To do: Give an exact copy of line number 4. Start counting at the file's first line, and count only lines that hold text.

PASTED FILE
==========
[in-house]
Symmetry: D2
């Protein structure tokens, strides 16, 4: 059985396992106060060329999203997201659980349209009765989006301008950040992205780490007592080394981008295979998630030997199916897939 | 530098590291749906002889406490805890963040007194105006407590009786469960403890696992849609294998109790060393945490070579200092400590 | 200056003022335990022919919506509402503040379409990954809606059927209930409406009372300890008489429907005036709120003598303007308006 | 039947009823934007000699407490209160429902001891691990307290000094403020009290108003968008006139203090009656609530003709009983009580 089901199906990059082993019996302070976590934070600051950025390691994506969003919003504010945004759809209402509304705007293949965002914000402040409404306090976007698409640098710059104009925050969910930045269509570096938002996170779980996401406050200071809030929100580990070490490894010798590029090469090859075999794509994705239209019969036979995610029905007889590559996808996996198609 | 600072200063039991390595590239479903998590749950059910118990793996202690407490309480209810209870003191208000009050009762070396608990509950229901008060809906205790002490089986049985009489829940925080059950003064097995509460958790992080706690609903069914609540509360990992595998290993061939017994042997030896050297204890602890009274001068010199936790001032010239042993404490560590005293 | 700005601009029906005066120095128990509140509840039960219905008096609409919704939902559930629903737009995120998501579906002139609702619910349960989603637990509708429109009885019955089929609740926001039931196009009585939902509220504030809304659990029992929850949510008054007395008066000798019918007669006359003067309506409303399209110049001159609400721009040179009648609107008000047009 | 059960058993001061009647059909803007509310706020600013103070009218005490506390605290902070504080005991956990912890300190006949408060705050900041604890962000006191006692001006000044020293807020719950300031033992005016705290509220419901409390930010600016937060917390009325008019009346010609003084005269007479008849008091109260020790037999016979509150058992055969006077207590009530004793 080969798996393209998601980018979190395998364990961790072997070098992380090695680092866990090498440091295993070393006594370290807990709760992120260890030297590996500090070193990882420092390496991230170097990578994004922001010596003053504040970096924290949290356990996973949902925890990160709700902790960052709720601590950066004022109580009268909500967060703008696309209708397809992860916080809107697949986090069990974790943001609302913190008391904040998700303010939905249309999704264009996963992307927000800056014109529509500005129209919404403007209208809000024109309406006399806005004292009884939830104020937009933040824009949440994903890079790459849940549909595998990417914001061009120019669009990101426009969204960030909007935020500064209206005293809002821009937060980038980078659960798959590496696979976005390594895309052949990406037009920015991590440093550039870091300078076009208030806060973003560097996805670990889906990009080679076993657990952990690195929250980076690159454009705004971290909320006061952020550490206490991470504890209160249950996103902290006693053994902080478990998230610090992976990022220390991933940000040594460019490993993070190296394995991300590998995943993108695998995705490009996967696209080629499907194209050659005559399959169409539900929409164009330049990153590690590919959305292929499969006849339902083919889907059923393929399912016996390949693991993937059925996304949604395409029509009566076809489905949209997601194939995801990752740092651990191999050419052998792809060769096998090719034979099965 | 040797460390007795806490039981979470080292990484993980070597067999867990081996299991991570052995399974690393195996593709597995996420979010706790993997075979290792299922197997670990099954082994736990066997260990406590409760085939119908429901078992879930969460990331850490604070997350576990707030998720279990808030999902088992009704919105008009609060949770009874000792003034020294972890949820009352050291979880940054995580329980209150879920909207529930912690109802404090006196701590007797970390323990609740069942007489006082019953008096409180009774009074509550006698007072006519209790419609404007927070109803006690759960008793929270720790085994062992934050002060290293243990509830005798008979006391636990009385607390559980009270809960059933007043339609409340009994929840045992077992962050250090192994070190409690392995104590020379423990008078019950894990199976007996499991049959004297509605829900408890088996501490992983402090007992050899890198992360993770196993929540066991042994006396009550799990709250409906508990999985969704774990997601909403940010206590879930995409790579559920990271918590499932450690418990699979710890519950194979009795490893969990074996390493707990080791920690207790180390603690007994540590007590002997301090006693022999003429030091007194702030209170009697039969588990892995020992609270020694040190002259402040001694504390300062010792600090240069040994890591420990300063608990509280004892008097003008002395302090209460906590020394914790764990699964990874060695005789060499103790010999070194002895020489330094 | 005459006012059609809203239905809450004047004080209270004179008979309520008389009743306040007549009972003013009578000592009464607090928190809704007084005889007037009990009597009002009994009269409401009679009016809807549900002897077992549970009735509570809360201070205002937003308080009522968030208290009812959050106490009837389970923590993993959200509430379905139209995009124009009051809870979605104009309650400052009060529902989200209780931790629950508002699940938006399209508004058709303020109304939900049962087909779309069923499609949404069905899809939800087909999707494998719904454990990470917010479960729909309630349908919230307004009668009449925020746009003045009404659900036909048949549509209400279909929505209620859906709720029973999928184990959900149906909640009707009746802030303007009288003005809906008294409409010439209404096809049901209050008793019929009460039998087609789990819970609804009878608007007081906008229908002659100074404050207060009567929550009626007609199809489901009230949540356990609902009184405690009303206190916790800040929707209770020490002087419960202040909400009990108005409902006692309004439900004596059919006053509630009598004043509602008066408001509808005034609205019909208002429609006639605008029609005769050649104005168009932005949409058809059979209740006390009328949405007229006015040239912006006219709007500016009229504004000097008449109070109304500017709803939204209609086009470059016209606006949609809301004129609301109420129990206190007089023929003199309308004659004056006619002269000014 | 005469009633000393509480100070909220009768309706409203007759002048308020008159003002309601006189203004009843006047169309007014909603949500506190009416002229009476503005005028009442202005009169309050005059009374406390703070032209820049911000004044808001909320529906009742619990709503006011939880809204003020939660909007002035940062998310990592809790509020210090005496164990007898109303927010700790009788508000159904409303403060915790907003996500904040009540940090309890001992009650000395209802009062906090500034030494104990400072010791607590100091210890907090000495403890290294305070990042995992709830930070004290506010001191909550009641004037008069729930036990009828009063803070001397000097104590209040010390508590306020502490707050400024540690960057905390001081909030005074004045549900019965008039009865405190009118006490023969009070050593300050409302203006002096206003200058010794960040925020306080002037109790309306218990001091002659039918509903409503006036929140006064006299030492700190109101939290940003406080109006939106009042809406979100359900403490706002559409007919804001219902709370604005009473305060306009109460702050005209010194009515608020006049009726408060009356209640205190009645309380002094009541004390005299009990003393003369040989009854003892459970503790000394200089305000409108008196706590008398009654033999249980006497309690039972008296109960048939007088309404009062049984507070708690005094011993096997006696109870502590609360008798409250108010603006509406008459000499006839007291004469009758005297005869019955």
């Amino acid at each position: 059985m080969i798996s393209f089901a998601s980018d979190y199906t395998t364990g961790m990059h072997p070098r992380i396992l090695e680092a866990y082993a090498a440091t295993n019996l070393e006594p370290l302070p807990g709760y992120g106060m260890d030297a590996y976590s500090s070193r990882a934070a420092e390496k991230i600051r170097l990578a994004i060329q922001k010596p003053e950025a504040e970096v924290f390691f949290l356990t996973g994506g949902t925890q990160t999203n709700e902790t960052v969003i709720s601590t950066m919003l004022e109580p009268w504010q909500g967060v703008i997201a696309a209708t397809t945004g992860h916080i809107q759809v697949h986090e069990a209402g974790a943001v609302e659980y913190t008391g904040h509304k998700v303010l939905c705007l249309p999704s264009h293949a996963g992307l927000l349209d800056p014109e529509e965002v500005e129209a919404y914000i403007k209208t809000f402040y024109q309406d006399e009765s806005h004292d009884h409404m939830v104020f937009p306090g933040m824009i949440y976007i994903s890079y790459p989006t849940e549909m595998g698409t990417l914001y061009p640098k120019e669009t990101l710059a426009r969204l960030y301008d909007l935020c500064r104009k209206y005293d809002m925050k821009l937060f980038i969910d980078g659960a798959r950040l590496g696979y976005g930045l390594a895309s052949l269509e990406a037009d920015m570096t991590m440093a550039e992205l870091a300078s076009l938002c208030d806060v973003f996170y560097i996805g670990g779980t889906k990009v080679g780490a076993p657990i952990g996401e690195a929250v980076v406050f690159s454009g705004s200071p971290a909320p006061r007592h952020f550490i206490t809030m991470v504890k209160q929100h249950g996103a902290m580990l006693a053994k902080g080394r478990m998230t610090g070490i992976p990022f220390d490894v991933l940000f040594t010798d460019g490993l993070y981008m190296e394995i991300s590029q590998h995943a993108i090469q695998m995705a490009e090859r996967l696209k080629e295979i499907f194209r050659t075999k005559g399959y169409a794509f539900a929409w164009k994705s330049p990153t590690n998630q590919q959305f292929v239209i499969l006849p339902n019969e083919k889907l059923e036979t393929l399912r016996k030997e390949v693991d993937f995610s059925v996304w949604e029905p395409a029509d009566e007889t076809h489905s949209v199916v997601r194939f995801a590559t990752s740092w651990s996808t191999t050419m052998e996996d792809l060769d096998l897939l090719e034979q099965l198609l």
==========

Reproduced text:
């Amino acid at each position: 059985m080969i798996s393209f089901a998601s980018d979190y199906t395998t364990g961790m990059h072997p070098r992380i396992l090695e680092a866990y082993a090498a440091t295993n019996l070393e006594p370290l302070p807990g709760y992120g106060m260890d030297a590996y976590s500090s070193r990882a934070a420092e390496k991230i600051r170097l990578a994004i060329q922001k010596p003053e950025a504040e970096v924290f390691f949290l356990t996973g994506g949902t925890q990160t999203n709700e902790t960052v969003i709720s601590t950066m919003l004022e109580p009268w504010q909500g967060v703008i997201a696309a209708t397809t945004g992860h916080i809107q759809v697949h986090e069990a209402g974790a943001v609302e659980y913190t008391g904040h509304k998700v303010l939905c705007l249309p999704s264009h293949a996963g992307l927000l349209d800056p014109e529509e965002v500005e129209a919404y914000i403007k209208t809000f402040y024109q309406d006399e009765s806005h004292d009884h409404m939830v104020f937009p306090g933040m824009i949440y976007i994903s890079y790459p989006t849940e549909m595998g698409t990417l914001y061009p640098k120019e669009t990101l710059a426009r969204l960030y301008d909007l935020c500064r104009k209206y005293d809002m925050k821009l937060f980038i969910d980078g659960a798959r950040l590496g696979y976005g930045l390594a895309s052949l269509e990406a037009d920015m570096t991590m440093a550039e992205l870091a300078s076009l938002c208030d806060v973003f996170y560097i996805g670990g779980t889906k990009v080679g780490a076993p657990i952990g996401e690195a929250v980076v406050f690159s454009g705004s200071p971290a909320p006061r007592h952020f550490i206490t809030m991470v504890k209160q929100h249950g996103a902290m580990l006693a053994k902080g080394r478990m998230t610090g070490i992976p990022f220390d490894v991933l940000f040594t010798d460019g490993l993070y981008m190296e394995i991300s590029q590998h995943a993108i090469q695998m995705a490009e090859r996967l696209k080629e295979i499907f194209r050659t075999k005559g399959y169409a794509f539900a929409w164009k994705s330049p990153t590690n998630q590919q959305f292929v239209i499969l006849p339902n019969e083919k889907l059923e036979t393929l399912r016996k030997e390949v693991d993937f995610s059925v996304w949604e029905p395409a029509d009566e007889t076809h489905s949209v199916v997601r194939f995801a590559t990752s740092w651990s996808t191999t050419m052998e996996d792809l060769d096998l897939l090719e034979q099965l198609l």